What is it like to navigate a world that isn’t designed for how your brain works? Peta Lyre’s Rating Normal looks at the impact of trying to be ‘normal’ for a neurodiverse teenage girl.
As always, please note that this post contains spoilers!
Topics covered: Autism spectrum disorder, ADHD, sensory processing disorder, sexual harassment, domestic abuse, ableism, suicidal ideation and behaviour, parental neglect.
About the Book
‘I’m Peta Lyre,’ I mumble. Look people in the eye if you can, at least when you greet them. I try, but it’s hard when she is smiling so big, and leaning in.
Peta Lyre is far from typical. The world she lives in isn’t designed for the way her mind works, but when she follows her therapist’s rules for ‘normal’ behaviour, she can almost fit in without attracting attention.
When a new girl, Sam, starts at school, Peta’s carefully structured routines start to crack. But on the school ski trip, with romance blooming and a newfound confidence, she starts to wonder if maybe she can have a normal life after all.
When things fall apart, Peta must decide whether all the old rules still matter. Does she want a life less ordinary, or should she keep her rating normal?
About the Author
Anna Whateley writes young adult and children’s fiction. She holds a PhD in Literature from Queensland University of Technology and has studied and worked in both in Australia and the UK.
She also enjoys teaching future teachers, parenting future adults, and reading her work to two exceptionally patient dogs.
Peta Lyre is a sixteen-year-old living with her aunt, Antonia, and Antonia’s toddler, May. Right away, we learn that Peta has several diagnoses: Autism Spectrum Disorder (ASD), Attention-Deficit/Hyperactivity Disorder (ADHD), and Sensory Processing Disorder (SPD). She is also gifted in terms of her intelligence. She’s ‘graduated’ therapy – in this case, it means that she’s learned a looooong list of rules to help her appear ‘normal’ to others. The story is told in first-person, which makes us privy to how these rules pop up as Peta moves through her daily life, indicating how ingrained they are in Peta’s stream of consciousness. This is known as masking – and it’s exhausting. The rules include instructions like ‘try not to answer back too much’, ‘a question shows you are interested in what someone is saying’, and ‘remove yourself from the situation’. Every now and again, Peta mentally plays out scenarios where she reacts to other people or situations according to her natural inclinations. Almost always (especially at the start of the story), she chooses to follow the rules instead. It is heartbreaking to see.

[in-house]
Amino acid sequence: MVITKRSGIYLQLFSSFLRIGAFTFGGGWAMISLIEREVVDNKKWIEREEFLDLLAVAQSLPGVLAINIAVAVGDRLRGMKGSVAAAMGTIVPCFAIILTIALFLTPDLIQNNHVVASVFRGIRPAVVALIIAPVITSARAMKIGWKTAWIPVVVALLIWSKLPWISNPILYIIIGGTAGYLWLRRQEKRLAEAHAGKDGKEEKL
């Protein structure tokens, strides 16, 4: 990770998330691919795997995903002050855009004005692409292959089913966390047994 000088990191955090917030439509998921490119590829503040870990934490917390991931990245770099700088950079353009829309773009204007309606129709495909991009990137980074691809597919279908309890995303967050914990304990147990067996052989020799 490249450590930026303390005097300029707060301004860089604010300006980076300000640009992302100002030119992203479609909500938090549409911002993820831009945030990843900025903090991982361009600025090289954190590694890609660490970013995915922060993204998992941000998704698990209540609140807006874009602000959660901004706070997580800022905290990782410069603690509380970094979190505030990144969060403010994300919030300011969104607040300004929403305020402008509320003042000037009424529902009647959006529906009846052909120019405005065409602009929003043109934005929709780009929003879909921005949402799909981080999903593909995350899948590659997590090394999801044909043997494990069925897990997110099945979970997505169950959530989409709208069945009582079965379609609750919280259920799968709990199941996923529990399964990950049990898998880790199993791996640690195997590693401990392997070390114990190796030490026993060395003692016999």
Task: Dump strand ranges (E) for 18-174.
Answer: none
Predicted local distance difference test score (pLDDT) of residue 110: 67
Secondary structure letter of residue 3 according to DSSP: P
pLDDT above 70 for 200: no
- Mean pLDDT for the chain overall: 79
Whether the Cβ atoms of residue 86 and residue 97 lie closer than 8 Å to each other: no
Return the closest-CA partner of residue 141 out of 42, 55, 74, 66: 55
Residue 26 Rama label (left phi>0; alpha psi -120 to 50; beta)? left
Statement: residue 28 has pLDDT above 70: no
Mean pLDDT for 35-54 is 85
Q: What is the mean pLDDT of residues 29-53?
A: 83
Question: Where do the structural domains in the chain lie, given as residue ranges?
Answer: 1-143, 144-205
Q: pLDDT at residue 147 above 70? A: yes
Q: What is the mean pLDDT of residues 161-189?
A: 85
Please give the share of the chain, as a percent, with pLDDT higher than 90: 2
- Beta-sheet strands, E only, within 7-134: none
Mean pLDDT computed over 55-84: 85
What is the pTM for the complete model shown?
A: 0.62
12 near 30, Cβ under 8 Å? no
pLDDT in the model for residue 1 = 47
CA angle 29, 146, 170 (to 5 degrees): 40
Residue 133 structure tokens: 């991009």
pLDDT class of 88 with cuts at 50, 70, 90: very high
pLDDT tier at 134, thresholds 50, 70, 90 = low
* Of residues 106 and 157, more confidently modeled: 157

Peta attends The College, which appears to be designed for teenagers who don’t quite fit into mainstream education for one reason or another. She has a best friend, Jeb, and even though she’s honest about her diagnoses with him, she’s not truly herself with him either.
The role of trauma
Peta grew up with parents who, to put it mildly, were unsupportive. Her father was largely absent, and her mother appeared to be resentful of Peta’s difficulties and were constantly sharp and angry. By the start of the book, Peta’s care has essentially been handed over to her aunt, Antonia, and Peta has no contact with her parents. To have critical parents like Peta’s has instilled a sense that she is faulty and needs to be fixed.
On top of this, Peta’s experience with therapy is also somewhat traumatic. Peta’s psychologist, Fiona, focused on instilling neurotypical behaviours and changing Peta by providing her with rules. In the glimpses we get of their therapy sessions, it didn’t seem to us that they had a positive relationship. Peta also doesn’t seem to have any healthy coping mechanisms when she’s faced with stressful situations, which means therapy missed the mark. Therapy should be about helping people understand themselves, building up self-esteem, and developing healthy emotion regulation skills – not shaping them to meet neurotypical standards. This book has a great depiction of how therapy can be harmful.